That's a great headline, and sums up one of my first responses on starting to read the Guardian's recent list of "1000 Albums to Hear Before You Die". With Friday here, their regular day for 'Film and Music', they've printed a number of suggestions for items they missed.
Being something of a list-y geek myself (hey, you wouldn't believe the level of pleasure I got from filing into alphabetical order all the CDs last weekend...), this sort of thing always interests me - even if it also infuriates as well. Of course there are plenty out there who think that its Just Another Bloody List, and you can't help but sympathise with in such a list-overloaded age (whose sketch was it about the bloke in a hospital bed with only a week to live whose family/friends kept reeling off and trying to set him up to watch a number of films he hadn't yet seen? "You've never seen 'Taxi Driver'? you have to see THAT before you die!!"). Nevertheless, I'm a girl who likes a list, so for me it brings up my inner geek.
In response, Skuds has come up with a further 27 items (kinda one for each letter) that he felt should be on the list, and nicely links to Jonathan at Assistant Blog who runs through some of the Guardian list identifying from each alphabet letter (A-M first) one CD he already loved and recommended, one he had heard about but not actually heard, and one that was new but sounded interesting. Both approaches offer a helpful slant on appraising the list. And you probably WON'T be surprised to know that I went through each days listings with a pencil ticking off those we had, and starting to log on eMusic a list of those I could download from there.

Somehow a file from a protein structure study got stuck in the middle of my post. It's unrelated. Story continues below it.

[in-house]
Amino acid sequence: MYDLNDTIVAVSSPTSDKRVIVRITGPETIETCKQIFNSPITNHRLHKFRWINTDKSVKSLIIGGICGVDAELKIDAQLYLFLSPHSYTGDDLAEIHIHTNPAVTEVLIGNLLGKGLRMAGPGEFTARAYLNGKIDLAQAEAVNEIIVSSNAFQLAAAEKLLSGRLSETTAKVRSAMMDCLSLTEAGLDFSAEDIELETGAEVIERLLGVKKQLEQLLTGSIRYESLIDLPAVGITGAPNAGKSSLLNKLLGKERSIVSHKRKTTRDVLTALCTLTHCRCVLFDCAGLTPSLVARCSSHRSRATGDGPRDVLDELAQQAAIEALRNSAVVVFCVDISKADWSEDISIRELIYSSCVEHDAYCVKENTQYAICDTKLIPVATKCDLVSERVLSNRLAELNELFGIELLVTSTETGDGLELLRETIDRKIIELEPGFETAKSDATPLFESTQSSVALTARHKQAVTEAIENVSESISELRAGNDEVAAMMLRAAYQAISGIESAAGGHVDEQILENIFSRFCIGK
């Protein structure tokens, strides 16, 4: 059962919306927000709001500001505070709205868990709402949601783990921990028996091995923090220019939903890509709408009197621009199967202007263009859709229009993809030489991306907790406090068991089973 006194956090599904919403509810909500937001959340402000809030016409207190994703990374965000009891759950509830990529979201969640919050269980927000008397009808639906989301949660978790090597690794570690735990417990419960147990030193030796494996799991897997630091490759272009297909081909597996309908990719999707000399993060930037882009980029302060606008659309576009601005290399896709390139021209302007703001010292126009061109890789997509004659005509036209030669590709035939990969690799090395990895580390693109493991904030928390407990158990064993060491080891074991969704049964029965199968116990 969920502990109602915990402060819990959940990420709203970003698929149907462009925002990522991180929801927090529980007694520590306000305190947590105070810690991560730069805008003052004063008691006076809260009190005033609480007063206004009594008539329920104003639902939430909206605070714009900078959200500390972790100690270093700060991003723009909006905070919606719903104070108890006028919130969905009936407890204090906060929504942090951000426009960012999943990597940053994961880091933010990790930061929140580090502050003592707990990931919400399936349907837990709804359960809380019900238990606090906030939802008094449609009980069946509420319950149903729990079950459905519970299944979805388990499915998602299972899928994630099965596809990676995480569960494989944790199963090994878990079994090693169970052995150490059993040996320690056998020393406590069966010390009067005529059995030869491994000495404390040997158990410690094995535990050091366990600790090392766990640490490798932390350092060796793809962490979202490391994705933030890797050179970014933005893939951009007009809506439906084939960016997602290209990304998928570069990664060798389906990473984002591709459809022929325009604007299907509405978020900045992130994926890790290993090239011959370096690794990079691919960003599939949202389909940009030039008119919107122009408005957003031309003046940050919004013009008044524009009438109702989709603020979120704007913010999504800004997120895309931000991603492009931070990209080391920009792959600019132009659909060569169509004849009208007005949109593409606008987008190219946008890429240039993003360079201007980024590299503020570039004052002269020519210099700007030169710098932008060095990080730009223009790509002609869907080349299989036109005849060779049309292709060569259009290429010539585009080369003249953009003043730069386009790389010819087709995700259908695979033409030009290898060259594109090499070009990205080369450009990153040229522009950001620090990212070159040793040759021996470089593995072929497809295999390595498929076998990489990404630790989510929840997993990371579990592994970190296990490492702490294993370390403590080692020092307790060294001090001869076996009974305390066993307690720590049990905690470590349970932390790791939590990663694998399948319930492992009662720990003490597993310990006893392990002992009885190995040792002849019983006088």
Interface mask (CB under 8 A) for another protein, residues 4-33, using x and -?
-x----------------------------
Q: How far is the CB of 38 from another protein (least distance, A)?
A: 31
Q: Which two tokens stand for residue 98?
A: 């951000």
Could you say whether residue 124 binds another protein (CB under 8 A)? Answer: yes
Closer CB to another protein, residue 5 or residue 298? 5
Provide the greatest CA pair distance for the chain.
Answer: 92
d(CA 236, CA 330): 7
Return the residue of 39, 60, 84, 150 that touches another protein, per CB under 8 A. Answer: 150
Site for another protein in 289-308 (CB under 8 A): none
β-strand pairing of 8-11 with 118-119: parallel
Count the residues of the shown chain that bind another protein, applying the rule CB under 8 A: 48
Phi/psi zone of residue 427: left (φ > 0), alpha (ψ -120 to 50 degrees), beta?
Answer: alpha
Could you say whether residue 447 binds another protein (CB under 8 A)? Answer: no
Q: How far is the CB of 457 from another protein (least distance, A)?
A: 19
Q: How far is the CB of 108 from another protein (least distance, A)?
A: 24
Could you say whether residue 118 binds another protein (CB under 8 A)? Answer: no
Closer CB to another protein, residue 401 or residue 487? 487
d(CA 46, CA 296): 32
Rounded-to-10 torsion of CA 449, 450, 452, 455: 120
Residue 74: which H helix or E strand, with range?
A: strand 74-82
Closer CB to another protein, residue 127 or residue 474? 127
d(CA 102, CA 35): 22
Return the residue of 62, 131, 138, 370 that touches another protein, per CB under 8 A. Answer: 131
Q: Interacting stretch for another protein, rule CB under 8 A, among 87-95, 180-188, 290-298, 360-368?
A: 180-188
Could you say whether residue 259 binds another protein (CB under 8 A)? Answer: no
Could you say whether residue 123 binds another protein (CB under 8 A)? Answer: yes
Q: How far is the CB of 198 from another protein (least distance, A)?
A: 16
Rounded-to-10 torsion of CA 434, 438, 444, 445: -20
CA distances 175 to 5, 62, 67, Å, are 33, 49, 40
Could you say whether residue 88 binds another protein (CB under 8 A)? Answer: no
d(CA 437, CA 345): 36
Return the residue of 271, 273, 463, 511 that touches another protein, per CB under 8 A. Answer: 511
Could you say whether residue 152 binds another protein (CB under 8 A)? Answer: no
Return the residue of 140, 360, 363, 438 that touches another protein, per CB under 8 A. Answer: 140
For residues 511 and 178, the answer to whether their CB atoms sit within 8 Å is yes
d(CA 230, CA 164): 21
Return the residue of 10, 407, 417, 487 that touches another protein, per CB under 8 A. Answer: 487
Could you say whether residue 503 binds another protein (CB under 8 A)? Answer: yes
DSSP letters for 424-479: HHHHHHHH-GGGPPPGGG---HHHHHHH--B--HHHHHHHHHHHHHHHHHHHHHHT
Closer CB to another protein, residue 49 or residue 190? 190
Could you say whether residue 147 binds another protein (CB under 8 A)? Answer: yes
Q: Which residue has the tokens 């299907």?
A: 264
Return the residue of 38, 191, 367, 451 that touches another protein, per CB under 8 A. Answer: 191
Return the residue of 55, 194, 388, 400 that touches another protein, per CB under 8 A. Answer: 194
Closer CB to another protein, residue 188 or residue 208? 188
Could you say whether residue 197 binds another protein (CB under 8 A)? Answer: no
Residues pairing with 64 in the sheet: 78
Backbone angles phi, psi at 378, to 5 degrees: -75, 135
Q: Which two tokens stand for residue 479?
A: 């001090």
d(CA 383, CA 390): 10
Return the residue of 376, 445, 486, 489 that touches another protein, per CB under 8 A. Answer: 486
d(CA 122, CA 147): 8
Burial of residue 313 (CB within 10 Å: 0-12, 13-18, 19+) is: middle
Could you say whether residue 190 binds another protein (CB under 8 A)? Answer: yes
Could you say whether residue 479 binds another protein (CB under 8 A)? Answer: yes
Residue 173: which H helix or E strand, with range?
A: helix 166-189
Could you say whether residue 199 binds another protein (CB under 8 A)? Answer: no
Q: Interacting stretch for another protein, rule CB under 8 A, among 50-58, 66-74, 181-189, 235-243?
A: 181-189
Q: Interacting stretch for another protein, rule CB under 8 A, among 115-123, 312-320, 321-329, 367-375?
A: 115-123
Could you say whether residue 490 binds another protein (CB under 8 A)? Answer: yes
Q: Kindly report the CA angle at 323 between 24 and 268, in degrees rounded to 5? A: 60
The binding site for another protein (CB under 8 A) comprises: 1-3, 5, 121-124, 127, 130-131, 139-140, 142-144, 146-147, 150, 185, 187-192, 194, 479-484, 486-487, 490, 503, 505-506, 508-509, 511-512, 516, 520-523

Just a thought, mind, of at least four artistes that were missing that I would have put on there:
GodSpeed You! Black Emperor
Rufus Wainwright (God, I mean there weren't ANY Wainwrights on there! Except by default Kate McGarrigle was included)
There were plenty more and you may well get bored with some of my rants on this.
I'd also personally have taken a leaf from the Guardian's supposed criteria of "where there was a good alternative to the blindingly obvious album, we went for the alternative" - why 'Different Class' instead of say 'His 'n' Hers'? I know DC is possibly IN a different class to other works in the Pulp discography - its certainly their most consistent album - but H&H really sets the tone for DC. And in that respect - and bearing in mind the Guardian's own criteria - they could have gone for H&H instead.